Health Illustrated Encyclopedia

Prostate removal


Prostate removal is surgery to remove or destroy part or all of the prostate gland -- an organ at the base of the bladder in men.

See also: Benign prostatic hypertrophy

Alternative Names

Prostatectomy; Suprapubic prostatectomy; Transurethral resection of the prostate; TURP; Open prostatectomy; Laser prostatectomy; Transurethral needle ablation; TUNA


An enlarged prostate can cause problems urinating and urinary tract infections. Removing all or part of the prostate gland can often relieve these symptoms. Prostate removal can be performed in a number of different ways, depending on the size of the prostate and the cause of the prostate enlargement.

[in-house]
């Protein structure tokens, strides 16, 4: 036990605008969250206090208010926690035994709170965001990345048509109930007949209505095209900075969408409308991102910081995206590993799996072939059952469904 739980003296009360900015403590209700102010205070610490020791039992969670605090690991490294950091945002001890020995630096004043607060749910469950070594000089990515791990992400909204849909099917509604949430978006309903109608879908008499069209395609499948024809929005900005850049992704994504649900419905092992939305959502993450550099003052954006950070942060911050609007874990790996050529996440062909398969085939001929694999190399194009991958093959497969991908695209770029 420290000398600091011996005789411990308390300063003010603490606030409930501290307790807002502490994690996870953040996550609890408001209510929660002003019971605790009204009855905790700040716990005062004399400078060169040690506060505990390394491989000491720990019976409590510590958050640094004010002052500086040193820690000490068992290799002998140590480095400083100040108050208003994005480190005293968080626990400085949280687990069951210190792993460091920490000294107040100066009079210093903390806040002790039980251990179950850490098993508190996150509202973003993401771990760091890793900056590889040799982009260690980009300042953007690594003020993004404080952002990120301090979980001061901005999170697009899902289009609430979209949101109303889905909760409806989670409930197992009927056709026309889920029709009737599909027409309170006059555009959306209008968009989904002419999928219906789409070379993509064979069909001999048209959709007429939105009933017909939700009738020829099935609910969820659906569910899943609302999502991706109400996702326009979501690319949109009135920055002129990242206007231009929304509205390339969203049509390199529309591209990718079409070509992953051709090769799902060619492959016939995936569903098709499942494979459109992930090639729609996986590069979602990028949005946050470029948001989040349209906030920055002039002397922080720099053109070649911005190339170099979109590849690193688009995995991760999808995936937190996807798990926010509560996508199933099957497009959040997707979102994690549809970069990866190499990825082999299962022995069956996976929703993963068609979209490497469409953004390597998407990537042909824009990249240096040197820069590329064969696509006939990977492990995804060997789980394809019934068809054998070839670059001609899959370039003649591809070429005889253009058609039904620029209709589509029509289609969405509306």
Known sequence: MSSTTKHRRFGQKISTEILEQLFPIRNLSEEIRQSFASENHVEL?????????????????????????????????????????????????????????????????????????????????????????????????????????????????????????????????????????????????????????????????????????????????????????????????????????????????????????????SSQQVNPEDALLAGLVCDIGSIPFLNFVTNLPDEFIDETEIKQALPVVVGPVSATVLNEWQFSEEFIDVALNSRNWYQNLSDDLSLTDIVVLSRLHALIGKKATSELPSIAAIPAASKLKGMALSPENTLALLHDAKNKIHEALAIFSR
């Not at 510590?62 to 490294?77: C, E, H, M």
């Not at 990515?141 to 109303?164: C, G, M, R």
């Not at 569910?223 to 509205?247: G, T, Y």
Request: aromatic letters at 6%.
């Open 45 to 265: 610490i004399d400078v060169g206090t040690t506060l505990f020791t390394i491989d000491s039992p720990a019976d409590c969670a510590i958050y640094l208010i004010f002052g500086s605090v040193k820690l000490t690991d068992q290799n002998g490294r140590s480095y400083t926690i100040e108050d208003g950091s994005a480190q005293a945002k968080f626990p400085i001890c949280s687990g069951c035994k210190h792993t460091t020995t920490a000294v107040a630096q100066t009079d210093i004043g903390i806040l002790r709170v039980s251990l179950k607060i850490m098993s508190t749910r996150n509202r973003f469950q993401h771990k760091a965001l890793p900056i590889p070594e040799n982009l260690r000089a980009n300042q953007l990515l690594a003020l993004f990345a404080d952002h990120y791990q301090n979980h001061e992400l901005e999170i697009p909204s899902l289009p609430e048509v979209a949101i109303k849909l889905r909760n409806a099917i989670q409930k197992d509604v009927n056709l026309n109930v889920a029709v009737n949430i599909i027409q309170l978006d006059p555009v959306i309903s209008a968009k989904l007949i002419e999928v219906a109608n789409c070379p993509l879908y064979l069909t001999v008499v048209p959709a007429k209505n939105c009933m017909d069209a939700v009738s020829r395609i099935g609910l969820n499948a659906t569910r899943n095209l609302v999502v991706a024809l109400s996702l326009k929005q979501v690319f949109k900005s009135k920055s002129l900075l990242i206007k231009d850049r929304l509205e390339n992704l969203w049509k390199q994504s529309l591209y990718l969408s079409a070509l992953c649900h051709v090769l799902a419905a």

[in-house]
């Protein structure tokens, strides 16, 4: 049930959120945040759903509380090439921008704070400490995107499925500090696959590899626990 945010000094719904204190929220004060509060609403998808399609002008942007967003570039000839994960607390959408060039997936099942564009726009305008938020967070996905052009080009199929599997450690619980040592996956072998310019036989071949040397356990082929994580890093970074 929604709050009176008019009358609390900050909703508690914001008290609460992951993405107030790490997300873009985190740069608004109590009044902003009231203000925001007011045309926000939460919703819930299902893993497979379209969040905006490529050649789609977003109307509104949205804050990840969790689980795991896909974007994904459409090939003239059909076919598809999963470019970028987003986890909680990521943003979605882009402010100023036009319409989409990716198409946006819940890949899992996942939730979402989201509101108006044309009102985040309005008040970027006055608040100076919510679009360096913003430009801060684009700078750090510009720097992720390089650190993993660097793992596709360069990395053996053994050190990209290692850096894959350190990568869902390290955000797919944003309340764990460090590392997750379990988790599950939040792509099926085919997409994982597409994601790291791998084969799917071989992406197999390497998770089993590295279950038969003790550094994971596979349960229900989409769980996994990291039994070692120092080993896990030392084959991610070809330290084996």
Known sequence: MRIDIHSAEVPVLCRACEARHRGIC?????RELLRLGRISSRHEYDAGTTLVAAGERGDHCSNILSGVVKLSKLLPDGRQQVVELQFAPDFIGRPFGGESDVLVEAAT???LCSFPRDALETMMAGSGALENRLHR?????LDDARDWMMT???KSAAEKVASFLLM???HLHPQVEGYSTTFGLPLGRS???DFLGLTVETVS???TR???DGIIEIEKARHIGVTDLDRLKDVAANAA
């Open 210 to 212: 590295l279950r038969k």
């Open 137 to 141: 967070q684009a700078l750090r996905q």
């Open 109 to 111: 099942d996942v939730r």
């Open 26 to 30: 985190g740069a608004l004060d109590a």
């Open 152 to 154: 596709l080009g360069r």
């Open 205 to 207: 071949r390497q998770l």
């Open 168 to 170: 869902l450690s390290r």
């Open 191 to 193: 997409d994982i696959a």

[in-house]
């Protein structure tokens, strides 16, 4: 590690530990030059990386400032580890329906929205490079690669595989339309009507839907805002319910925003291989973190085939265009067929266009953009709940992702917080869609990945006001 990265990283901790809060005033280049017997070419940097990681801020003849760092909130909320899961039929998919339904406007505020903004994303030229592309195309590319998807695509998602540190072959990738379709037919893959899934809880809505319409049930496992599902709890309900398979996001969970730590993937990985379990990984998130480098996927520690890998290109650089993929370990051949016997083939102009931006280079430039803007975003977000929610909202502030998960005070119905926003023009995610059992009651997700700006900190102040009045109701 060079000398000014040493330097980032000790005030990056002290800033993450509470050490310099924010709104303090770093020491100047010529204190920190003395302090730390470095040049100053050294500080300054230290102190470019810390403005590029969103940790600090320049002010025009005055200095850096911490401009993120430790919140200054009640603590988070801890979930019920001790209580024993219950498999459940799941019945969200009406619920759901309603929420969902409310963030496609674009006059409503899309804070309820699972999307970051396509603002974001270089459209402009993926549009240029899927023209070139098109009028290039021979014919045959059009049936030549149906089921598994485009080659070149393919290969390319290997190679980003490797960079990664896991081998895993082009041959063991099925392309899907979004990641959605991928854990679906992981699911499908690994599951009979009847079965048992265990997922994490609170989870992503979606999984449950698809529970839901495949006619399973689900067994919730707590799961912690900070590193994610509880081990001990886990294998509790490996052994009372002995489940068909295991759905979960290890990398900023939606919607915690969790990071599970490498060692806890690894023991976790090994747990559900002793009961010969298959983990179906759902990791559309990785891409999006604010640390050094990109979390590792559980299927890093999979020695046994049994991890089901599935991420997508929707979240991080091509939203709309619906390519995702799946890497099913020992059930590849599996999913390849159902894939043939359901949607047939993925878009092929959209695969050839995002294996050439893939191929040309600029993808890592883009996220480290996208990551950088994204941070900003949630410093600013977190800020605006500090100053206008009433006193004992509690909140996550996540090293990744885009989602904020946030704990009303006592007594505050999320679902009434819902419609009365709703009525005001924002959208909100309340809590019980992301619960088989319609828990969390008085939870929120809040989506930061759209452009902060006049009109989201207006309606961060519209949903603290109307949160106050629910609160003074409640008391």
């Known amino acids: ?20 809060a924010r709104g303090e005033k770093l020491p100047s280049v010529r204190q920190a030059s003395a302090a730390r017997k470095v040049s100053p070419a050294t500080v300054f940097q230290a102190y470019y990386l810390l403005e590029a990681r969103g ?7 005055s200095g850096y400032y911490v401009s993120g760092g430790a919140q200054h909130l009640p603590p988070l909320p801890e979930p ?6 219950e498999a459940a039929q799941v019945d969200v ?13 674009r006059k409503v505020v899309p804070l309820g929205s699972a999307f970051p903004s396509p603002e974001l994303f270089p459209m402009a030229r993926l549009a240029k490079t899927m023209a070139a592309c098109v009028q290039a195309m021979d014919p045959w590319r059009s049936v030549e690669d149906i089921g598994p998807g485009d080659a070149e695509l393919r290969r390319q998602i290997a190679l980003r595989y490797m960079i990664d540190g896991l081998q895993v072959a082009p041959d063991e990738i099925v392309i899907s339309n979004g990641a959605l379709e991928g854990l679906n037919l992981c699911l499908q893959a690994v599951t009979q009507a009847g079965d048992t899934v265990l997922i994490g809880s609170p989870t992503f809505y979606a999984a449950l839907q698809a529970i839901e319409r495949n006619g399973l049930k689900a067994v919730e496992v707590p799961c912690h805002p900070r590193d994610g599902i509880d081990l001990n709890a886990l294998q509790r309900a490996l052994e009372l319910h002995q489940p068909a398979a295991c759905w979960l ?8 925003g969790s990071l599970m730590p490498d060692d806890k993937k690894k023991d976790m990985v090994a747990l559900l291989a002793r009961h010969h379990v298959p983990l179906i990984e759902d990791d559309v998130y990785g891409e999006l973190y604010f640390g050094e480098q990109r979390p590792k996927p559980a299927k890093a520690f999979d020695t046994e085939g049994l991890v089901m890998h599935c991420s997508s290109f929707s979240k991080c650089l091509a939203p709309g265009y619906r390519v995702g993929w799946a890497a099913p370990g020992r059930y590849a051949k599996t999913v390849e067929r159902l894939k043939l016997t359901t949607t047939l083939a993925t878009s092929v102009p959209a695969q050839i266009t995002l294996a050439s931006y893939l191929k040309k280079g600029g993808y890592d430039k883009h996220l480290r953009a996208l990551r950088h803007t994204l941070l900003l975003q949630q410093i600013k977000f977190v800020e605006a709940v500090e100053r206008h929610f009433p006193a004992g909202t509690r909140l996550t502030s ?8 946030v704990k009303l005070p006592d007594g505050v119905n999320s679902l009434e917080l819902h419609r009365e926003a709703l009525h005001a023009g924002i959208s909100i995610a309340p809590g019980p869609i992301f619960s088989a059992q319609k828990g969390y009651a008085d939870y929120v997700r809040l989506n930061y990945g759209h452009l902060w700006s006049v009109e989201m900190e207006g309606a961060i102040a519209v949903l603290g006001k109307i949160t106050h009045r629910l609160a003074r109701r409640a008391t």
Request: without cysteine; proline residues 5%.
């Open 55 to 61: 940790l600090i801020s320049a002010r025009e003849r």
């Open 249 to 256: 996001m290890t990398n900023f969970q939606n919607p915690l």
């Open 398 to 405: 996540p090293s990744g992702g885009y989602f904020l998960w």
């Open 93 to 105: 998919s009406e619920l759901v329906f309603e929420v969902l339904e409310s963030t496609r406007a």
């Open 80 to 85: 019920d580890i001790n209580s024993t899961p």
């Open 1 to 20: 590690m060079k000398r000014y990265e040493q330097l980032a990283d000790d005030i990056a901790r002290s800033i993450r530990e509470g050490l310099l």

The three most common procedures for removing the prostate when there is no cancer are:

  • Transurethral resection of the prostate (TURP)
  • Laser prostatectomy (or less-invasive heat-based procedures)
  • Open prostatectomy

The decision regarding the type of prostatectomy depends on the size of your prostate gland. For glands bigger than 30 grams and less than 80 grams (this number depends on the experience of the surgeon), TURP is performed. If the prostate is bigger than 90 grams, open prostatectomy is recommended.


Transurethral resection of the prostate is the most common, and most proven surgical procedure for benign prostatic hyperplasia (BPH). TURP is performed using spinal or general anesthesia.

A tube-like instrument called a cystoscope is inserted into the penis through the urethra and up to the prostate gland. A special cutting instrument is inserted through the cystoscope to remove the prostate gland piece by piece. An electric current is used to stop the bleeding during surgery. This is called cauterization.

After surgery, a Foley catheter is placed in the body to help remove urine. The urine will first look bloody, but will clear with time.